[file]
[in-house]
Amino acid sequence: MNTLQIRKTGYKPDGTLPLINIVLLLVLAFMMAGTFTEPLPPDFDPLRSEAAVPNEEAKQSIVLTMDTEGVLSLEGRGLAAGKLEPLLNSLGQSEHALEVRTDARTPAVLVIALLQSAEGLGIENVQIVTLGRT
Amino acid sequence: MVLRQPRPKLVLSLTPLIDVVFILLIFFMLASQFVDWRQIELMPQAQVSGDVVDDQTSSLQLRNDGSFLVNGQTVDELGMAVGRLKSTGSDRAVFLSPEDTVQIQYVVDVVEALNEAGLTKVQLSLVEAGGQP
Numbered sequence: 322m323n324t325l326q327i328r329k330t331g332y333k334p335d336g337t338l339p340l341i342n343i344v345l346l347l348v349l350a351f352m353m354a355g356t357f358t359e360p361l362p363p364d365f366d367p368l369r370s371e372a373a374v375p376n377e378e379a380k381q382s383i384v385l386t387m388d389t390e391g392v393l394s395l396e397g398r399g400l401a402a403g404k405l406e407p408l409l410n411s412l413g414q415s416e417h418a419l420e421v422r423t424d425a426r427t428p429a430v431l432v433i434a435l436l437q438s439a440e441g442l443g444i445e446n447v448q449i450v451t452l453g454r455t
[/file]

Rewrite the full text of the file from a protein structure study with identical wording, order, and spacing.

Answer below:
[in-house]
Amino acid sequence: MNTLQIRKTGYKPDGTLPLINIVLLLVLAFMMAGTFTEPLPPDFDPLRSEAAVPNEEAKQSIVLTMDTEGVLSLEGRGLAAGKLEPLLNSLGQSEHALEVRTDARTPAVLVIALLQSAEGLGIENVQIVTLGRT
Amino acid sequence: MVLRQPRPKLVLSLTPLIDVVFILLIFFMLASQFVDWRQIELMPQAQVSGDVVDDQTSSLQLRNDGSFLVNGQTVDELGMAVGRLKSTGSDRAVFLSPEDTVQIQYVVDVVEALNEAGLTKVQLSLVEAGGQP
Numbered sequence: 322m323n324t325l326q327i328r329k330t331g332y333k334p335d336g337t338l339p340l341i342n343i344v345l346l347l348v349l350a351f352m353m354a355g356t357f358t359e360p361l362p363p364d365f366d367p368l369r370s371e372a373a374v375p376n377e378e379a380k381q382s383i384v385l386t387m388d389t390e391g392v393l394s395l396e397g398r399g400l401a402a403g404k405l406e407p408l409l410n411s412l413g414q415s416e417h418a419l420e421v422r423t424d425a426r427t428p429a430v431l432v433i434a435l436l437q438s439a440e441g442l443g444i445e446n447v448q449i450v451t452l453g454r455t